Homemade ricotta – and ways to enrich, flavour or infuse it

ricottaGreenPlateOk, don’t be alarmed: it’s not full-scale, time-consuming cheesemaking.

However, you can easily, quickly and conveniently make your own ricotta and add flavourings yourself.

More often than not I just buy ricotta, but sometimes I make it myself if I’ve run out, I’ve got some full fat milk to use up or I just want my ricotta to be as nice as possible or flavoured a certain way for a particular recipe. (I’m not sure if I’m not just biased, but I think homemade is at least a little nicer than shop bought).

I’ve been using this method of half lemon juice and half vinegar to start the curdling process off for some years. I’ve only ever seen ricotta recipes that use either all rennet (not many normal kitchens have this to hand), all vinegar or all lemon juice only – this came about when I once ran out of lemon juice and had to improvise.  I liked the result and I’ve stuck to it ever since. Perhaps I should do a comparable, side-by-side taste test to see if what you use really makes a difference.

What is also different about my recipe is that I worked it out to be highly convenient for that pint or two-pint carton of full fat milk I might have in the fridge. It’s then much, much easier just to open a bottle or carton and tip it in your saucepan rather than other recipes which have a specific end amount in mind.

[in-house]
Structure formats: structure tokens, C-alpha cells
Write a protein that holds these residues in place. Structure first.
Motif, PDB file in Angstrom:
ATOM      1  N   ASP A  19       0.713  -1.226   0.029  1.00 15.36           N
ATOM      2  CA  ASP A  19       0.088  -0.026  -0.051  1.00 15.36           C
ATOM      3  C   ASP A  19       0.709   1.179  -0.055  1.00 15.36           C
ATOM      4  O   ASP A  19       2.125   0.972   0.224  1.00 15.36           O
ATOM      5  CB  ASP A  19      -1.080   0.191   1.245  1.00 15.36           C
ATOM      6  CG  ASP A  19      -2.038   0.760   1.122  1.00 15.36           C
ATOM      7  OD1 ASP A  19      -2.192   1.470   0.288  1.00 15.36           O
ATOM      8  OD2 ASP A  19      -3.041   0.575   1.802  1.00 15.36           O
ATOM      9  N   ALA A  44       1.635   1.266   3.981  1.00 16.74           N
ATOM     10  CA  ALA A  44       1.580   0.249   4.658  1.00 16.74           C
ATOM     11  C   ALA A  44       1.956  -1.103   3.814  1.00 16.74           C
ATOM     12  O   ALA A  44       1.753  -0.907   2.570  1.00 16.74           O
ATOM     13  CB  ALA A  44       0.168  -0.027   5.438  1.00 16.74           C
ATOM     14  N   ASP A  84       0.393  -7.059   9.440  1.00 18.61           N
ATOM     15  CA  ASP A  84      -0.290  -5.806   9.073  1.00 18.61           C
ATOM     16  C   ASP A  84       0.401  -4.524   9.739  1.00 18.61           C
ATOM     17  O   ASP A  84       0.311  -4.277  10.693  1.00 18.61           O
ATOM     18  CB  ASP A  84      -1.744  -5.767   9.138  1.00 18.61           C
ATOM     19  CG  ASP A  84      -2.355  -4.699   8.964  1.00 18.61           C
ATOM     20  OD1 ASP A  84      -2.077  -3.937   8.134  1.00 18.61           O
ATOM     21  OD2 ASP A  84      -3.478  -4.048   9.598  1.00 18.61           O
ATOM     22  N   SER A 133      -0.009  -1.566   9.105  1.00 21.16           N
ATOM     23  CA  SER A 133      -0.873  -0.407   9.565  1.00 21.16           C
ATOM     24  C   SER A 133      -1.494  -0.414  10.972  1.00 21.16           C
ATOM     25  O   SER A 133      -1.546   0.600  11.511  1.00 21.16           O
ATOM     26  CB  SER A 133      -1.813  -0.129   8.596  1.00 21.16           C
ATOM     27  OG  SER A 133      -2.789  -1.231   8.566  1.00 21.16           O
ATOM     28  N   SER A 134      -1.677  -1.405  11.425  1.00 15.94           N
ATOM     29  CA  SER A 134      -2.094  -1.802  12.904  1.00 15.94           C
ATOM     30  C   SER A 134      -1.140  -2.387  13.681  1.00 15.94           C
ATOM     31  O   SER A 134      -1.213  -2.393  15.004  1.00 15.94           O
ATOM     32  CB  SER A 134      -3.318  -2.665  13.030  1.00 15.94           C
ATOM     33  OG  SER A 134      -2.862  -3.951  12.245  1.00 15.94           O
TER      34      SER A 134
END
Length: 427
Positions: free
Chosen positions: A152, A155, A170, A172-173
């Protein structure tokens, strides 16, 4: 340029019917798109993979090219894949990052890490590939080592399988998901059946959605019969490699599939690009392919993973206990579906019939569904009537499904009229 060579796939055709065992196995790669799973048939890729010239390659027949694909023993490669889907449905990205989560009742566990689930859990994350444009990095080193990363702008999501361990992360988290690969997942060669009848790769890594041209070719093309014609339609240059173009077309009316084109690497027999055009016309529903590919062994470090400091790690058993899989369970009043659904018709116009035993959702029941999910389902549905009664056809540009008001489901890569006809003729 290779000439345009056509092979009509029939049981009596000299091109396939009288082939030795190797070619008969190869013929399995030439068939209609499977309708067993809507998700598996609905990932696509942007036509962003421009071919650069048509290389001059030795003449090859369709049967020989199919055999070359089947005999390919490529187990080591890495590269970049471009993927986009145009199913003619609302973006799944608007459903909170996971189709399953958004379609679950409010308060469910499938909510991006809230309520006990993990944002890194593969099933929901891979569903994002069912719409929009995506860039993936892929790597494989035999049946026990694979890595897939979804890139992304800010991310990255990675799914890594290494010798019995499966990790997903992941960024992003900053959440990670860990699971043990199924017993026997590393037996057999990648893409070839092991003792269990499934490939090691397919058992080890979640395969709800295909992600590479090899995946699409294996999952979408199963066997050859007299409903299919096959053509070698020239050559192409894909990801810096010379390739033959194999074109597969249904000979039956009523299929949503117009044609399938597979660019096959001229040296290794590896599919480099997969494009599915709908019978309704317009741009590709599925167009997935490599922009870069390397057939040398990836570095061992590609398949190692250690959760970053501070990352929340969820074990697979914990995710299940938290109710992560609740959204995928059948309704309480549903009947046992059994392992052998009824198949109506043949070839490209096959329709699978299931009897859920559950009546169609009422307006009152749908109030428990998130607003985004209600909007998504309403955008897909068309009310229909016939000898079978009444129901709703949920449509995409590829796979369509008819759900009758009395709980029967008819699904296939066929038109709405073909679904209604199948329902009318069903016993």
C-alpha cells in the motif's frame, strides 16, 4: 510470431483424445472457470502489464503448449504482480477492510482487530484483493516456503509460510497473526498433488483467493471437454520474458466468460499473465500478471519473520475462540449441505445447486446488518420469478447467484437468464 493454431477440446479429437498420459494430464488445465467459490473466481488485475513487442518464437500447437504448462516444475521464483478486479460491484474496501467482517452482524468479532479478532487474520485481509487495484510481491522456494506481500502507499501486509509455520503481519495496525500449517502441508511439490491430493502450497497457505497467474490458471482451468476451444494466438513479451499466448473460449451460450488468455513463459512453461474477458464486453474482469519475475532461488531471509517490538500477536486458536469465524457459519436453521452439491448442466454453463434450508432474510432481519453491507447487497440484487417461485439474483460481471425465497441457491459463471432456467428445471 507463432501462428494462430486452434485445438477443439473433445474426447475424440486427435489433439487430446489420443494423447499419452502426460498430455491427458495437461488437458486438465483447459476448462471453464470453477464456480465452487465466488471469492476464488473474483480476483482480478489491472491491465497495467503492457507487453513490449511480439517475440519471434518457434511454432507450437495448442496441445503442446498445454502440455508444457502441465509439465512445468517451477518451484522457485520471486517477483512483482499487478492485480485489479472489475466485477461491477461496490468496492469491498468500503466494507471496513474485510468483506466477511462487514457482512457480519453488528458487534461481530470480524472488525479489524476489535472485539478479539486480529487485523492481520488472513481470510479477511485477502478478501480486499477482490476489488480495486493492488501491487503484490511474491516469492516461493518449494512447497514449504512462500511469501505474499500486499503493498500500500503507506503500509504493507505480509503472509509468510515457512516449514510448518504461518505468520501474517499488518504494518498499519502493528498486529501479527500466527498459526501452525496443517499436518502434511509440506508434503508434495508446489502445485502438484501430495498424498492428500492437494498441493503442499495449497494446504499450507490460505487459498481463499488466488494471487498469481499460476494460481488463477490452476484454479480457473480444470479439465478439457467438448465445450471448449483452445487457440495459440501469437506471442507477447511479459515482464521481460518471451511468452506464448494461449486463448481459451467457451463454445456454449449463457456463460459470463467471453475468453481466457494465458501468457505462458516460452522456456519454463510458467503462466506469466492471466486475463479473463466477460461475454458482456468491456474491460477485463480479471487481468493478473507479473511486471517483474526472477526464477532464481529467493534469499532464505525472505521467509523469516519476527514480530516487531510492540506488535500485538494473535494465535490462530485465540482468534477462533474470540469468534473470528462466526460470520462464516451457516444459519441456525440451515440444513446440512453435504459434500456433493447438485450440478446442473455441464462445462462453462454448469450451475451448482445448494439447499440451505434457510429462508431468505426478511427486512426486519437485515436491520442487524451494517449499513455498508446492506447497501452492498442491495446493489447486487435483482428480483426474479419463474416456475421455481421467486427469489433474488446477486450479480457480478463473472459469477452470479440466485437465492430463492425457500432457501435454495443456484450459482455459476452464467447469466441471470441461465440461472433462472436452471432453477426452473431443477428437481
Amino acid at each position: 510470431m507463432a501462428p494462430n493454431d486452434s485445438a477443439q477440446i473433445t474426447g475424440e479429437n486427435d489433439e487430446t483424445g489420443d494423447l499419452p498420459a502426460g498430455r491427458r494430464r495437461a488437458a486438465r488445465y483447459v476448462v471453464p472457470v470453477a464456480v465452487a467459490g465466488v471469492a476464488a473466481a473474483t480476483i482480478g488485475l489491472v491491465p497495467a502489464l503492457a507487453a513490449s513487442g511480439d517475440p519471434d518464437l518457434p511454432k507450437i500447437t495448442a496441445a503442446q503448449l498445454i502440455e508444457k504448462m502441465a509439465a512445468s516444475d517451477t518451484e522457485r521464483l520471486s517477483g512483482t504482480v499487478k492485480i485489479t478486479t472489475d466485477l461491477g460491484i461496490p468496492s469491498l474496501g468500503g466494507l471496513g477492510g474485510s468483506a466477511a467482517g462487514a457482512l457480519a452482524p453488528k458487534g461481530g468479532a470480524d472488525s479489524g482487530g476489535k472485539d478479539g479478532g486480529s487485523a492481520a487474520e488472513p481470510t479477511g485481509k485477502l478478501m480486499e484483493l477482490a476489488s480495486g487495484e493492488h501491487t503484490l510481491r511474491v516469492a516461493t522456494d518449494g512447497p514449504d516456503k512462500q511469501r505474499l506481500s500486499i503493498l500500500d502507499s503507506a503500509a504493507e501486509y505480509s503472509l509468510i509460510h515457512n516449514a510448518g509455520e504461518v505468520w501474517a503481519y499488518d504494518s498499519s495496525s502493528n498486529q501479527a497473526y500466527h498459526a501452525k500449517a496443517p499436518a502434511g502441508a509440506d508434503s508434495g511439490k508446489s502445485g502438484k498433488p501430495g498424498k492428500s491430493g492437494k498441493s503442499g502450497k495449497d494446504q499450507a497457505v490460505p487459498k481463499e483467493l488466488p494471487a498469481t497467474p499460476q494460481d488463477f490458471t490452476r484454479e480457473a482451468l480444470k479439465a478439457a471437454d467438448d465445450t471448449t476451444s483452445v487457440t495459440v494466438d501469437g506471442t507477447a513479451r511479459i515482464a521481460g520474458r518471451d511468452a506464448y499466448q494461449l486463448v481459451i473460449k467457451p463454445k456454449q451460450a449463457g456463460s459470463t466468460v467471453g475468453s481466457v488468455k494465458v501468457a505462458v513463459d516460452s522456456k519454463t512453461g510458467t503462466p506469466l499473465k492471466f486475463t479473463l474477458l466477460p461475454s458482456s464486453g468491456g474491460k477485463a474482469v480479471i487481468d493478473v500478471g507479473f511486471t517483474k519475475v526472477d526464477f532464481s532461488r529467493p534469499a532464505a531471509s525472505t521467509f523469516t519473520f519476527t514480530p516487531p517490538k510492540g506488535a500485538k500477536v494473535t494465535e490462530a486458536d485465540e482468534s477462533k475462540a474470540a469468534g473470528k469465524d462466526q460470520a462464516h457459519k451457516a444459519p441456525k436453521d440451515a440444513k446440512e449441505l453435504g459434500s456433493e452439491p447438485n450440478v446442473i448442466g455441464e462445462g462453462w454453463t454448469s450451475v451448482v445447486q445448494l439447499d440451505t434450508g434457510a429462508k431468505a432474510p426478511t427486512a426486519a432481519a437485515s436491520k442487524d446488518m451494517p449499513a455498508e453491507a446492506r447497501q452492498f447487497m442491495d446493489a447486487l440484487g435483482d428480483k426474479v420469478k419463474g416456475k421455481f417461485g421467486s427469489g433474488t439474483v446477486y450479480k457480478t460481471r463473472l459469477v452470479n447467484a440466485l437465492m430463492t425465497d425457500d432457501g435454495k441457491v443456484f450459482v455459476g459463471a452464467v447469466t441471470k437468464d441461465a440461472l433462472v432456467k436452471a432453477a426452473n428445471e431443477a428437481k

I’ve found that using 1 pint (568ml) of milk makes enough for two people for either a pasta filling, such as spinach and ricotta ravioli, or a light salad etc. A two pint recipe therefore is enough to serve four within a main dish or great for pastries or cakes calling for ricotta. Recipes on my blog which include ricotta are:

Mango Cheesecake recipe – uses ricotta
Flavouring and enriching

See underneath the recipe for my ideas on how to flavour the ricotta or to make a richer, creamier version.


This takes time – but it’s pretty much all left to work on its own devices. There is only about 15 minutes tops of hands-on effort involved.

  • Medium saucepan
  • Large bowl for draining
  • Colander or large sieve (choose a sieve/bowl combination that leaves a big gap between the bottom of the bowl and the bottom of the colander, so that the ricotta doesn’t sit in its own liquid and drains properly)
  • Muslin square (this is one place where it really has to be muslin – other cloths will have weaves that are too large or too tight for it to drain correctly)
  • Spatula
  • Tea towel (a very clean one)
Ingredients – based on 568ml / 1 pint of milk
  • Full fat milk – 568ml / 1 pint
  • Lemon juice – 1 1/2 teaspoons
  • Clear distilled vinegar – 1 1/2 teaspoons
  • Salt – 1/2 teaspoon
Ingredients – based on 1.36 l / 2 pints of milk
  • Full fat milk – 1.36 litres / 2 pints
  • Lemon juice – 3 teaspoons
  • Clear distilled vinegar – 3 teaspoons
  • Salt – 1 teaspoon
  1. Pour the milk into the saucepan and add the salt
  2. Have the lemon juice and vinegar measured out
  3. Bring up to just under boiling – you must watch the milk as you need to catch it when bubbles start to come to the surface and the milk begins to let off steam, but has NOT yet started boiling properly (if you want to use a thermometer this will be 82C-84C). This takes around 5 minutes and remember to stir occasionally so the milk doesn’t catch on the pan